How Mennonites Came to Cottonwood County, Minnesota

By Kroeker, Elaine E. | MinnPost.com, October 30, 2017 | Go to article overview

How Mennonites Came to Cottonwood County, Minnesota


Kroeker, Elaine E., MinnPost.com


Believing that war and violence are inconsistent with Jesus's teachings to love one's enemies, a group of people from Molotschna Colony, Russia -- Mennonites of Dutch descent -- searched for a permanent home in the early 1870s. They found such a place, where they could follow their faith without persecution, in Minnesota's Cottonwood County.

Menno Simon, a Dutch Catholic priest born in 1496 in Witmarsum, Friesland, Holland, was part of the Anabaptist Reformation of the sixteenth century. Simons taught nonresistance, advocated a Christ-centered lifestyle, and claimed that the teachings of Jesus held the most importance in the Bible. He also taught that baptism should follow (rather than precede) a person's commitment to Jesus Christ. People who followed the teachings of Simons were called Mennonites.

To escape persecution, the original Mennonites immigrated from Western Europe to Prussia in the 1600s. From there, they moved to Russia in the 1700s. By 1789, 228 Mennonite families had settled in the village of Chortiza, the first Russian Mennonite colony. Other colonies formed as Mennonites migrated to Russia to avoid persecution in Prussia. In 1810, 400 families lived in the Molotschna Colony, which was made up of sixty villages. It is from this group that the Carson Mennonite Brethren Church founders came.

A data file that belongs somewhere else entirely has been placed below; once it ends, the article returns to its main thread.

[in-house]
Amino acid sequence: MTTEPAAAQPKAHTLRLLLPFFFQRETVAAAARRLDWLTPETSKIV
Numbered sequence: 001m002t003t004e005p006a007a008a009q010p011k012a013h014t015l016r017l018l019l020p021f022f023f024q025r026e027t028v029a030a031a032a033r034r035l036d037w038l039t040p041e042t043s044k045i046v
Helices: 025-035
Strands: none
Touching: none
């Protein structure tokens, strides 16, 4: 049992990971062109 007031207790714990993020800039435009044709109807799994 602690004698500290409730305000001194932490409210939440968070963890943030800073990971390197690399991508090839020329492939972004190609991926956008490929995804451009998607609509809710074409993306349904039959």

Czar Alexander II reformed the Russian military after losing the Crimean War in 1856. He terminated many of the privileges given to Mennonites by Catherine the Great, including military exemption. Mennonites, believing that participating in war compromised their faith, sent delegations to explore emigrating to North America.

The first Mennonites from Russia to arrive in Cottonwood County came in 1873, when thirteen families immigrated to Mt. Lake from the Crimea. In April 1874, Minnesota senator William Windom introduced a bill (S. No. 655) in the U.S. Senate which urged the United States to establish permanent settlements for Mennonites. He emphasized their integrity, work ethic, and need for a place to live out their religious tenets peaceably.

Mennonites from Russia began migrating to southwest Minnesota as this bill, which ultimately failed in a series of very close votes, was being debated. …

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